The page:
Tag: Memoir

A Memoir of Endurance and Survival

 

In January 1945 Major Donald J. Humphrey commanded a B-29 Superfortress. During a 1900-mile mission from India to bomb Singapore, his bomber was shot down over Malaya. Humphrey and four other members of the crew of Postville Express successfully parachuted out of the dying bomber. The rest of the crew failed to escape.

“8 Miraculous Months in the Malayan Jungle: A WWII Pilot’s True Story of Faith, Courage, and Survival,” edited by Donald J. “DJ” Humphrey II, tell what happened next.

They landed in Malaya, then occupied by the Japanese. Had they been found by the Japanese or the pro-Japanese militia they would likely have been executed or spent the rest of their war in a Japanese prisoner of war camp. The Japanese even offered a $10,000 reward for every Allied airman turned over to them.

Join Jim and Greg as they discuss former Clinton Treasury Secretary Larry Summers warning that the Biden COVID relief bill is way too big and could trigger the worst inflation in decades. They also shake their heads as White House Press Secretary Jen Psaki suggests the CDC director’s recommendation to open schools is just her personal opinion and they have to wait for the science. And they react to news that Hunter Biden is writing a tell-all book and are pretty sure he plans to skip a lot of stuff.

An Astronaut’s Son Tells His Story

 

In the late 1970s and early 1980s, from 1978 through the end 1985, being in the Space Shuttle program was fun. The Shuttle was new and an adventure.

“The Father, Son, and Holy Shuttle: Growing Up an Astronaut’s Kid in the Glorious 1980s,” by Patrick Mullane, tells that story.

Patrick Mullane was ten when his father, Michael Mullane was selected as an astronaut. Patrick’s family settled Houston’s Brook Forest/Middlebrook subdivision. It proved his first permanent home. Before that, military brat Patrick and his family moved virtually every year as his father went from post to post.

A Navigator’s Account of SAC

 

Between 1946 and 1992 the Strategic Air Command was the United States’s main shield against Soviet aggression. Its bombers flew constantly, fueling aloft to reach any point in the world.

“SAC Time: A Navigator in the Strategic Air Command,” by Thomas E. Alexander, is the memoir of a man who spent three years in the Strategic Air Command and thirteen years in the Air National Guard.

Alexander served the Strategic Air Command as a junior officer.  He was a navigator, not a pilot. Rated a bombardier, navigator, and radar bombardier, he did not crew SAC’s jet glamorous bombers. He navigated KC-97 Stratotankers, a piston-engine aircraft that refueled other aircraft. The book may be the more interesting because of this perspective.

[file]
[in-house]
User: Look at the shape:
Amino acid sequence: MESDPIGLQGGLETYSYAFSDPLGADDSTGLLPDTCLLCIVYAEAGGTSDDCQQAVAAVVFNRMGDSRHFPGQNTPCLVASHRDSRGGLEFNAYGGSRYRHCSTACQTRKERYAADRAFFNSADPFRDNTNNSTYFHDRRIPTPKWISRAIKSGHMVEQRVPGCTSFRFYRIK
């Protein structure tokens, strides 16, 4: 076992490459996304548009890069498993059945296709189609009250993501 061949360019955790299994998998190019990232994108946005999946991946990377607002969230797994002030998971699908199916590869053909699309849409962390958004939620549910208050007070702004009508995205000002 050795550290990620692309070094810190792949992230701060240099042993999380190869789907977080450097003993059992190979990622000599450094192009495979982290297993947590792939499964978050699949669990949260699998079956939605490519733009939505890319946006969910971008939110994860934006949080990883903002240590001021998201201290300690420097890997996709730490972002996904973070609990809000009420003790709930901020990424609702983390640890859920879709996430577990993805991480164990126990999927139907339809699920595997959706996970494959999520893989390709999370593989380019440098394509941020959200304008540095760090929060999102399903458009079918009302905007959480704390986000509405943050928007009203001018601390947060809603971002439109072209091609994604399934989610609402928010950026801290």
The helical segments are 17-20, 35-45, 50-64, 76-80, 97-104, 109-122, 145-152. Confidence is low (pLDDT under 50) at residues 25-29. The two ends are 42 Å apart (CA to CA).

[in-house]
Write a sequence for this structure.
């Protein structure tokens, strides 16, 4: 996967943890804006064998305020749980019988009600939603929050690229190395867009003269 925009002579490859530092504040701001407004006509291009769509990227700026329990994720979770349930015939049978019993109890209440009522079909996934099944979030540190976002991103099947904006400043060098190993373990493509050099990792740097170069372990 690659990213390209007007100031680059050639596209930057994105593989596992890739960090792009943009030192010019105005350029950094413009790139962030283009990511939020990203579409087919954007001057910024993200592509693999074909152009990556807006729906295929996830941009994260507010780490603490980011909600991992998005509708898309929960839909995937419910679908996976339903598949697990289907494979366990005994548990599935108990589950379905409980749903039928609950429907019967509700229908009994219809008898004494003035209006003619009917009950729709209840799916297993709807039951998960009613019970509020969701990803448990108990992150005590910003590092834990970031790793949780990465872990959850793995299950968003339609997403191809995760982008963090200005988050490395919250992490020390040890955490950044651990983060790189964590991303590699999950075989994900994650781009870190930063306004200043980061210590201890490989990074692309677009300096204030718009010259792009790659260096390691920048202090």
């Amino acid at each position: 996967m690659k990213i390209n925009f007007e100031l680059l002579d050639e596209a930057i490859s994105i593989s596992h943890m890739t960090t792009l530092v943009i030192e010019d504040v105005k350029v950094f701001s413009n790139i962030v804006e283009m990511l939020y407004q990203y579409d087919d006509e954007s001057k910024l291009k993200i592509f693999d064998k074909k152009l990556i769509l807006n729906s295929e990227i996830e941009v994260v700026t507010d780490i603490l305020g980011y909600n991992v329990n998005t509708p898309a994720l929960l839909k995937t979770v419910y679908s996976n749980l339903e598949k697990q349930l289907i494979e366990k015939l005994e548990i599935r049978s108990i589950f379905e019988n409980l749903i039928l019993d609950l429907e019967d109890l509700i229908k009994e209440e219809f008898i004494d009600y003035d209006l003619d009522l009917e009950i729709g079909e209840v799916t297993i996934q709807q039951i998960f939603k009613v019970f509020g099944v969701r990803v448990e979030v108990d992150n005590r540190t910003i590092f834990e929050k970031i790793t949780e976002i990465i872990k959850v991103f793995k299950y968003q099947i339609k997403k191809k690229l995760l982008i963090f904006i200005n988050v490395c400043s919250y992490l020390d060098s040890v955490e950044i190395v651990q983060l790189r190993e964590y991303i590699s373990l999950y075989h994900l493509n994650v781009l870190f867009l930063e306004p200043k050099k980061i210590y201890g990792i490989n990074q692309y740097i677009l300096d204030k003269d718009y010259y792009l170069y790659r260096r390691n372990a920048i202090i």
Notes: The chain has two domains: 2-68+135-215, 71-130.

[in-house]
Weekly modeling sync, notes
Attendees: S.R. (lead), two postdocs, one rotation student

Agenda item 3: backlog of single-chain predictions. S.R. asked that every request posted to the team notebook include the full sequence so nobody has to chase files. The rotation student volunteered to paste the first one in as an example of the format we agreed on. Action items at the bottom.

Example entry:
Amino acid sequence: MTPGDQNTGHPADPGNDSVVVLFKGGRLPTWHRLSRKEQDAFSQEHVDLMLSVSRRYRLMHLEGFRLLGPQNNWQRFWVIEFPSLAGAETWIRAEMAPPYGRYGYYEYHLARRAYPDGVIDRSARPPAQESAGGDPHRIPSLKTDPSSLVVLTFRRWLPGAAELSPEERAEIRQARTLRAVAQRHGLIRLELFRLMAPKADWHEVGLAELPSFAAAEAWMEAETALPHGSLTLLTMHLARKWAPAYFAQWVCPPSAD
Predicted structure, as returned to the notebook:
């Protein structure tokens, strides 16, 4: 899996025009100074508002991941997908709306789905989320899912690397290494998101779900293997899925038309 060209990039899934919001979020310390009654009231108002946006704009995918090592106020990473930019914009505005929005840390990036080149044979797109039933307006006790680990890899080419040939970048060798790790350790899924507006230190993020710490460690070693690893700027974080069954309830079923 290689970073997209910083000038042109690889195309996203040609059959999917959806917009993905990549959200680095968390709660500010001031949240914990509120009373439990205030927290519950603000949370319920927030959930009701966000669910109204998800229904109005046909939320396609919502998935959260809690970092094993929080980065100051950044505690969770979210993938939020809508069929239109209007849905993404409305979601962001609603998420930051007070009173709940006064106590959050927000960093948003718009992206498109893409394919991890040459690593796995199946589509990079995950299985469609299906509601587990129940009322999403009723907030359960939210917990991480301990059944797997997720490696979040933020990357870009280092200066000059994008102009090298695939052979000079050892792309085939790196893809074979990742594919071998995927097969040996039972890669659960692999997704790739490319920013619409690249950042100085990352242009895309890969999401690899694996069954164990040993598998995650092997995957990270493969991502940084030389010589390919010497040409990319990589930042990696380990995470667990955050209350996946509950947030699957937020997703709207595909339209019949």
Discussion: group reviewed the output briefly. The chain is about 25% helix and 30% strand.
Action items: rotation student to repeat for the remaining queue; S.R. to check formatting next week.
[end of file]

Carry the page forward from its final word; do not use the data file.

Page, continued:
An Atheist’s Come-to-Jesus Moment

 

Pat Santy was a NASA flight surgeon during the early years of the Space Shuttle Program. She is best known for her blog, Dr. Sanity, which ran from 2004 through 2012. For years she was an avowed atheist. “Prodigal Daughter: A Journey with Mary,” by Patricia A. Santy, MD, OP, recounts her return to the Catholic faith.

To outsiders, it seemed Santy had it all. She was a successful doctor, specializing in psychiatry. She became a flight surgeon at Johnson Space Center, on track to become an astronaut. She established a successful psychiatric practice. Later, she became a nationally-known blogger.

Her success seemed more remarkable due to an unpromising start. She was the child of divorce (when it was unusual, especially for Catholics). She financed her own way through college.

Member Post

 

I write a weekly book review for the Daily News of Galveston County. (It is not the biggest daily newspaper in Texas, but it is the oldest.) My review normally appears Wednesdays. When it appears, I post the review here on the following Sunday. Book Review ‘The Great Escape’ is history’s most famous prison break By MARK […]

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My David Hogg Moment

 

It is said when you are young and foolish, you are young and foolish. While a tautology, it is also true.

This is demonstrated by David Hogg, school shooting “survivor” sucking up media time lecturing everyone on violence, while at the same time displaying ignorance of facts, statute law, and Constitutional Law. (I put survivor in quotes because he was in a different building on campus. He had as much chance of actually getting shot as the Broward County sheriff’s deputies cowering outside the building containing the active shooter. Less, actually. There was a diminishingly small possibility the sheriffs might have shot Cruz leaving the building if only out of self-preservation.)

The Other Woman

 
sister-janet

From the Seton Hill Archives

On January 13, 2017, Mr. She, his daughter, his granddaughter, and I will be having lunch with a woman who’s probably had as much influence on the course of Mr. She’s life as anyone he’s ever known.

Member Post

 

I write a weekly book review for the Daily News of Galveston County. (It is not the biggest daily newspaper in Texas, but it is the oldest.) My review normally appears Sunday. When it appears, I post the previous week’s review on Ricochet. Seawriter Book Review Long-forgotten memoir offers fascinating view of life at sea Posted: Saturday, […]

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